He missed the front end of a 1-and-1, and a guy on the other team went down a sank a jumper for the win.
"Ever since then I was like 'I can't miss free throws,'" Allen said. "It destroyed me."
It also made him a better basketball player.
The sophomore transfer hit 16 of 18 free throws during his 43-point effort in a 99-92 win over Simon Fraser on Jan. 2, tying a record for the most points scored in a single game at the Vikings' Sam Carver Gym. Allen poured in 24 of those points in the final nine minutes of the first half to help bring Western back from an early 16-point deficit.
"I just got hot," Allen said, as if accompanied by a shrug.
But there's more to the story. Prior to that, Allen was on the bench after a rough start, but mentally remained in the game and saw some weakness to exploit, such as Simon Fraser defenders failing to hedge out far enough on on-ball screens. Allen finished 5 for 8 from 3-point land and 11 of 18 overall from the field.
"They let me get my momentum going, and I just ran with it," he said.
Allen showed off a similar scoring burst the following game, collecting 18 of his 24 points in the second half of an 80-74 road win over Saint Martin's on Jan. 6.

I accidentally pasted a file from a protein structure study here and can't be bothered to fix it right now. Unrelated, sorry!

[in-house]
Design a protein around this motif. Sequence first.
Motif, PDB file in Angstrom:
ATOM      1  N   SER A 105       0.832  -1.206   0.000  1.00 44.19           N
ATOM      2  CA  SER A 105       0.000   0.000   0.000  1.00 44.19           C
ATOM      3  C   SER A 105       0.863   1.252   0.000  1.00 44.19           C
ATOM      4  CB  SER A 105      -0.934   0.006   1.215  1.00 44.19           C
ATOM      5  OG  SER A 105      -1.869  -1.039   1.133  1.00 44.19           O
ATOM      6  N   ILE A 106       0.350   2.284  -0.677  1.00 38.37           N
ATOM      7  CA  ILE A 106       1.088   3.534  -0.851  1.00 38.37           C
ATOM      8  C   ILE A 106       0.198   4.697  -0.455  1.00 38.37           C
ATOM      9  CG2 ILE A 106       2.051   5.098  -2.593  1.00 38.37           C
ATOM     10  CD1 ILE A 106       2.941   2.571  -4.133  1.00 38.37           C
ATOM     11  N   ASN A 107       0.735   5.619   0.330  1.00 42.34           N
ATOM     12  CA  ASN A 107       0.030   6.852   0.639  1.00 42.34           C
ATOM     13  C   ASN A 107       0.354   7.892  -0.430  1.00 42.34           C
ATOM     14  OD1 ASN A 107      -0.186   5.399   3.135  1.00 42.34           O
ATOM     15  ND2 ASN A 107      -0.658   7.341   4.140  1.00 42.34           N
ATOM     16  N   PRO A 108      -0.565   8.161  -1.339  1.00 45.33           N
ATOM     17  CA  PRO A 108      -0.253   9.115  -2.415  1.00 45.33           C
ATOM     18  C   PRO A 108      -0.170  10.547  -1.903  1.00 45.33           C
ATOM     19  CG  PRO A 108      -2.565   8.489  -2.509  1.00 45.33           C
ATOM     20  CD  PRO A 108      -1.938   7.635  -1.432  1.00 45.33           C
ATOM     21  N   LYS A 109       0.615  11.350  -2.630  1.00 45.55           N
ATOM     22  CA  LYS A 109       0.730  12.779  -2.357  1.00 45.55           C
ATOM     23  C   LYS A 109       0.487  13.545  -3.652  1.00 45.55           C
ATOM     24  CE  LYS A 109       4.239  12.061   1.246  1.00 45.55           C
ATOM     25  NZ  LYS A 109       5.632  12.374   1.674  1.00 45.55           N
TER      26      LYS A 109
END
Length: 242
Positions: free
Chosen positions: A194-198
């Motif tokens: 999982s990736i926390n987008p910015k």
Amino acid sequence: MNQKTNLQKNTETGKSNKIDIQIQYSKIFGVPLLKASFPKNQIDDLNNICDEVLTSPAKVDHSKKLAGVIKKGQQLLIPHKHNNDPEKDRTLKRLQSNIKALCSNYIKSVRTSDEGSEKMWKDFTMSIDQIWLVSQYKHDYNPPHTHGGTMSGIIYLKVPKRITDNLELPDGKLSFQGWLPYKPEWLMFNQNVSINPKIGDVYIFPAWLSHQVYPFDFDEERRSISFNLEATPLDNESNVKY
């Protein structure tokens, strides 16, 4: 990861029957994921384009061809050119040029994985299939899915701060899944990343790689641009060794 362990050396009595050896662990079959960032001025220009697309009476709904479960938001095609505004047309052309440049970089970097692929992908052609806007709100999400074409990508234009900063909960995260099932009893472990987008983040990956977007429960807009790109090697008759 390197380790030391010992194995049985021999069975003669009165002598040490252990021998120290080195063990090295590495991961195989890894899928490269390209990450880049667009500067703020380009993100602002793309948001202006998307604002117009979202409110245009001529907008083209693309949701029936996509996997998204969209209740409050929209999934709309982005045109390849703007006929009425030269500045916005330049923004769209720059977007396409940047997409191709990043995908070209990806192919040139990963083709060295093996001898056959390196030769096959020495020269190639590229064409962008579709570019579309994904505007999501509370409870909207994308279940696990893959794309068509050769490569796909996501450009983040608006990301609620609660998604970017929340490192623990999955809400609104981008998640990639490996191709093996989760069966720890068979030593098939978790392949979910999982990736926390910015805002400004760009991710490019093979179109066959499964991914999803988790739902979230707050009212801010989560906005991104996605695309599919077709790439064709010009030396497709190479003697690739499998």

Through 12 games, Allen has averaged 12.8 points, but as a point guard his contributions come in many forms. He leads the team in assists at 3.8 per game and his 2.2 steals per game rank second in the GNAC. He's also part of a young and promising backcourt that includes fellow starting guard Zach Henifin, a junior, and Rico Wilkins, an athletic 6-footer who shared the point position with Allen before his junior season was cut short by injury. Michael Duty, a 6-foot-6 post, is the lone senior on the squad.
"I think we're playing good," Allen said. "We're showing signs of a young team. We're up and we're down."
But Allen admits the team has a way to go to reach its lofty standards.
"I don't think we're anywhere near our standards, but we're growing," he said.
The team can take a big step forward with a win over Alaska Anchorage, which ranks No. 25 nationally in Division II. Allen's Cougars played and beat the Seawolves by 19 last year, but the six-footer, who in that contest collected two points, two rebounds, two assists and one steal in six minutes, remembers them being tough.
Saturday's game is exactly the type Allen envisioned being on the court for once he arrived at the college level - a first-place standing in league quite possibly on the line and in front of a home crowd like the one that will greet the teams at Sam Carver Gym.
This season's been a long time coming.
"It's one of those feelings you can't explain. ... It's one of those things you feel real blessed for," Allen said.
Now the guard gets to do it all in front of his family, too. Allen grew up in Brier, a small town outside of Lynnwood, just an hour or so away. But for the time being Bellingham has been feeling a bit more like home to Allen than, say, a "party town" like Pullman.
"I'm a pretty calm, laid back guy," Allen said, "so this fits me pretty well."
Just, if you see him around town, don't give him any guff for stretching.
Western Washington Vikings Sidebar Links
|Email this article||Printer-friendly format|